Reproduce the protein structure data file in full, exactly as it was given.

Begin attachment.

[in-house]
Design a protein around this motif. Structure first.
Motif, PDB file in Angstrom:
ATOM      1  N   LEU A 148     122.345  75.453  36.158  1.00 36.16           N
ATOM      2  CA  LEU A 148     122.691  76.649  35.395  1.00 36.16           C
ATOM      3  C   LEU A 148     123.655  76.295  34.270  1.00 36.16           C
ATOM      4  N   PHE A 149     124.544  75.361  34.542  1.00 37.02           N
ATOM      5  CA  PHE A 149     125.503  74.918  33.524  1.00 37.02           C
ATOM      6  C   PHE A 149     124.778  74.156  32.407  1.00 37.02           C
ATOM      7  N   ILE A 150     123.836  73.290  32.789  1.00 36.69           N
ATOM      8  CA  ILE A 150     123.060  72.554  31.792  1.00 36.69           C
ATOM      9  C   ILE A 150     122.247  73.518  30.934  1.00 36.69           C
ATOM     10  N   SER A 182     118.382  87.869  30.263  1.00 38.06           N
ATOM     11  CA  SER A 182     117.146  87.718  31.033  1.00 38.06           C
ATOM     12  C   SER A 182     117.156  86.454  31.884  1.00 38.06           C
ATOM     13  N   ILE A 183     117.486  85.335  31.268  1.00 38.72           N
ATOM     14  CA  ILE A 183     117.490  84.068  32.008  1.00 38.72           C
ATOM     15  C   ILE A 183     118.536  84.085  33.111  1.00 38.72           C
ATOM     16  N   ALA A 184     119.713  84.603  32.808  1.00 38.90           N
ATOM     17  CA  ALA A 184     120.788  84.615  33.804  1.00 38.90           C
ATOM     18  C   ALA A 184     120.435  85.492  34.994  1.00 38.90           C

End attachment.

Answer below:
[in-house]
Design a protein around this motif. Structure first.
Motif, PDB file in Angstrom:
ATOM      1  N   LEU A 148     122.345  75.453  36.158  1.00 36.16           N
ATOM      2  CA  LEU A 148     122.691  76.649  35.395  1.00 36.16           C
ATOM      3  C   LEU A 148     123.655  76.295  34.270  1.00 36.16           C
ATOM      4  N   PHE A 149     124.544  75.361  34.542  1.00 37.02           N
ATOM      5  CA  PHE A 149     125.503  74.918  33.524  1.00 37.02           C
ATOM      6  C   PHE A 149     124.778  74.156  32.407  1.00 37.02           C
ATOM      7  N   ILE A 150     123.836  73.290  32.789  1.00 36.69           N
ATOM      8  CA  ILE A 150     123.060  72.554  31.792  1.00 36.69           C
ATOM      9  C   ILE A 150     122.247  73.518  30.934  1.00 36.69           C
ATOM     10  N   SER A 182     118.382  87.869  30.263  1.00 38.06           N
ATOM     11  CA  SER A 182     117.146  87.718  31.033  1.00 38.06           C
ATOM     12  C   SER A 182     117.156  86.454  31.884  1.00 38.06           C
ATOM     13  N   ILE A 183     117.486  85.335  31.268  1.00 38.72           N
ATOM     14  CA  ILE A 183     117.490  84.068  32.008  1.00 38.72           C
ATOM     15  C   ILE A 183     118.536  84.085  33.111  1.00 38.72           C
ATOM     16  N   ALA A 184     119.713  84.603  32.808  1.00 38.90           N
ATOM     17  CA  ALA A 184     120.788  84.615  33.804  1.00 38.90           C
ATOM     18  C   ALA A 184     120.435  85.492  34.994  1.00 38.90           C